State of the GRACE Framework: ICER Pilots for HTAs

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Summary

ICER recently proposed piloting the GRACE framework in place of traditional cost-effectiveness analysis. We review the background of GRACE and its implications.

On September 25, the Institute for Clinical and Economic Review (ICER) published an updated Value Assessment Framework describing the organization’s approach to health technology assessments (HTAs). In a departure from prior thinking on HTAs and cost-effectiveness analysis (CEA), ICER has proposed piloting the Generalized Risk-Adjusted Cost-Effectiveness (GRACE) framework in an effort to capture patient preferences related to disease severity. Proposed in 2020, GRACE is based on the understanding that health produces happiness with diminishing returns and that seemingly equivalent improvements in quality of life (QoL) should hold greater weight in more severe conditions than in less severe conditions. Decision thresholds, therefore, may vary by disease state. This framing aligns with traditional economic thinking on diminishing returns and allows decision thresholds to account for health equity considerations in HTAs.

Methodological Gaps Addressed by GRACE

Current CEA practices, including those adopted by ICER, do not allow monetary decision thresholds to vary by disease, leaving HTAs with uncertainty about when exceptions to traditional thresholds should be made, such as in the case of rare diseases or end-of-life care. This uncertainty leaves decision making to the discretion of HTA bodies. Critics of traditional CEA argue that HTA bodies often fail to use these discretionary powers and therefore discriminate against severely ill and disabled individuals.

GRACE introduces the concept of diminishing returns to health so that individuals with severe illness will be recognized as benefiting from greater incremental value of therapy. An equal increase in QoL is considered to hold more weight among individuals with severe conditions than among those with milder diseases, and decision thresholds are therefore increased accordingly for more severe states. GRACE also incorporates the assumption that those with more severe conditions are more willing to trade remaining life expectancy for increased quality of life. Furthermore, GRACE accounts for the effects of uncertain health outcomes through inclusion of risk aversion of health.

In response to growing interest from international HTA programs in capturing risk aversion and severity, in 2021 the GRACE developers proposed updates to the framework to ease implementation. These updates included simplifying the methods for estimating life expectancy versus QoL trade-offs, updating methods for estimating risk preference, and expanding the risk preferences included, along with a step-by-step guide for implementation.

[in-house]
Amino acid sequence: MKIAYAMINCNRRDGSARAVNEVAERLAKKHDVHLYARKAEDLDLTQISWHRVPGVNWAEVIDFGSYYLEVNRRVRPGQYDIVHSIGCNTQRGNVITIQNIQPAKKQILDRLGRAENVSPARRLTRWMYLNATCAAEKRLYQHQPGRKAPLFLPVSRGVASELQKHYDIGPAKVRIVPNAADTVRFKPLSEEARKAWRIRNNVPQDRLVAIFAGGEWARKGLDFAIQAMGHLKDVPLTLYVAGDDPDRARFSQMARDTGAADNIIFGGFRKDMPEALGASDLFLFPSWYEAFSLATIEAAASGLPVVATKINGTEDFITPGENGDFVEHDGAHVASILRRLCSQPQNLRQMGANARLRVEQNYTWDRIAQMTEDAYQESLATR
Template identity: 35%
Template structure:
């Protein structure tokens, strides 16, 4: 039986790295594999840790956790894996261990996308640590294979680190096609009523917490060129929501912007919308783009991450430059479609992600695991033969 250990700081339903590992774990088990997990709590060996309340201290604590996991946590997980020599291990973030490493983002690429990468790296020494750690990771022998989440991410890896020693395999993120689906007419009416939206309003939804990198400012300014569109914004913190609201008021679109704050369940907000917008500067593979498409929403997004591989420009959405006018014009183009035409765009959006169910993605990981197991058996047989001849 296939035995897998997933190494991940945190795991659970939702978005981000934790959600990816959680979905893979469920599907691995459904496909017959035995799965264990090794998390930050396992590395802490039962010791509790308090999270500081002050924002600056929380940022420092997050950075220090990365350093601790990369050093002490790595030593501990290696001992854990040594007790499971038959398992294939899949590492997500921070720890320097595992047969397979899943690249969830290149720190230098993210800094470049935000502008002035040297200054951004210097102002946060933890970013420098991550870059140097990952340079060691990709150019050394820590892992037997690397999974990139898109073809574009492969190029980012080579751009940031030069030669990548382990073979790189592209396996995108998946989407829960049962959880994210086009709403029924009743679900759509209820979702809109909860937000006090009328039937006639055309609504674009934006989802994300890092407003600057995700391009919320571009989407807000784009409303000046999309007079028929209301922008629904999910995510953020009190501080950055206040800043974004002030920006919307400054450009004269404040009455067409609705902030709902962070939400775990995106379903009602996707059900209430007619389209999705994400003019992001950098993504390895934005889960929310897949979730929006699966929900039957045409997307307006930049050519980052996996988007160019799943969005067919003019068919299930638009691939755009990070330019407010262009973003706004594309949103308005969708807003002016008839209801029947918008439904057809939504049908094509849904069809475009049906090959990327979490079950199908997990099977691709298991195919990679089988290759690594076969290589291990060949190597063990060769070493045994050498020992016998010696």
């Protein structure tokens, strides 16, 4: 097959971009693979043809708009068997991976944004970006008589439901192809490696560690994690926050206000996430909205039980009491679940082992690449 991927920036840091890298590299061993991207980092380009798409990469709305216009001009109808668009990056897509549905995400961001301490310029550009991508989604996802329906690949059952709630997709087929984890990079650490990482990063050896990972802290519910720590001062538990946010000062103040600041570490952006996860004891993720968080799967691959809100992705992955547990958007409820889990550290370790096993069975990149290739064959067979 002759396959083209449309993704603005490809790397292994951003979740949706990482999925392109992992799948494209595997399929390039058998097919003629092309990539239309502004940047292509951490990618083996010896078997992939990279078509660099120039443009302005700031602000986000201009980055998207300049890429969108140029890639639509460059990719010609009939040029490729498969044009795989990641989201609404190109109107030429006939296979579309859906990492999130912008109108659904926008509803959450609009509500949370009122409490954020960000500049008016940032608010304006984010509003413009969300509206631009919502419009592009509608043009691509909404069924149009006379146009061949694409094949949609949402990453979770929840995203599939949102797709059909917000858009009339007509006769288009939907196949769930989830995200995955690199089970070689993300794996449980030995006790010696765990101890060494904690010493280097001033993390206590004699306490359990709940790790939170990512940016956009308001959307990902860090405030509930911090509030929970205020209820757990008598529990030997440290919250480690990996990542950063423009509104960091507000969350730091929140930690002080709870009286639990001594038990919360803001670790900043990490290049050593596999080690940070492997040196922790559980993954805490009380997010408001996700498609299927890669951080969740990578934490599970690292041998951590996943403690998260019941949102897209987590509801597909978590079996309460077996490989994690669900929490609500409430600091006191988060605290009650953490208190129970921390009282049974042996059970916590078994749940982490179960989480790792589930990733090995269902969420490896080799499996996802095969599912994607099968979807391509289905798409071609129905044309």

ICER is the first HTA agency internationally to implement the GRACE framework. This change is expected to bring significant changes to the scope and outputs of ICER’s assessments, embedding the impact of illness severity on QoL into value assessment outcomes in order to guide reimbursement decisions for the first time. Numerous questions remain, however, regarding feasibility of data input collection and weighting of these inputs within a CEA, among others.

Estimating New Parameters

GRACE introduces new modeling parameters that are intended to expand from traditional CEA modeling to account for disease severity and disability through the incorporation of the impacts of diminishing returns to health and the increasing willingness to pay as QoL decreases, based on an index of illness severity.

GRACE requires estimation of a new parameter for relative risk aversion in health, allowing initial untreated health status to influence willingness to pay for health gains. This has not been previously estimated directly, though methods exist that could support estimation, which would need to be applied globally across treatments and therapeutic areas to support broader application of GRACE.

Severity of illness is estimated in burden of illness literature and does not require new specialized estimation. New criticisms may arise in the comparability of these estimates across studies and therapeutic areas when CEA uses these estimates to adjust the value of health gains based on initial health state.

Conclusion

ICER’s approach to piloting GRACE remains to be seen, and several questions are outstanding, including whether a new evidence base needs to be established for estimating new parameters before evidence is generated that may be leveraged by decision makers. While this new method does account for patient risk aversion in health consumption and preferentially treats health gains for disability and severe illness, concerns exist about the methods used to compare burden across illnesses and how risk aversion is measured and varies for patients of different health states with different diseases characteristics.

ICER’s Value Assessment Framework does not provide insight into how the organization intends to address these questions but notes that it will engage with its Health Economics Council, Methods Advisory Group, and international HTA bodies to test the feasibility and impact of shifting to this new CEA approach.

Navigating the Evolving US HTA Landscape

ICER has indicated that it may issue an interim update formalizing the systematic use of this framework. Avalere’s expertise in value assessment and HTA can help pharmaceutical manufacturers, advocacy groups, patients, and other stakeholders proactively develop position statements, analyze the impact of ICER’s proposed new method, and develop preparation and response strategies including health economic modeling in the event of an HTA review.

To learn how Avalere can support you with analysis, strategy development, and response planning, connect with us.

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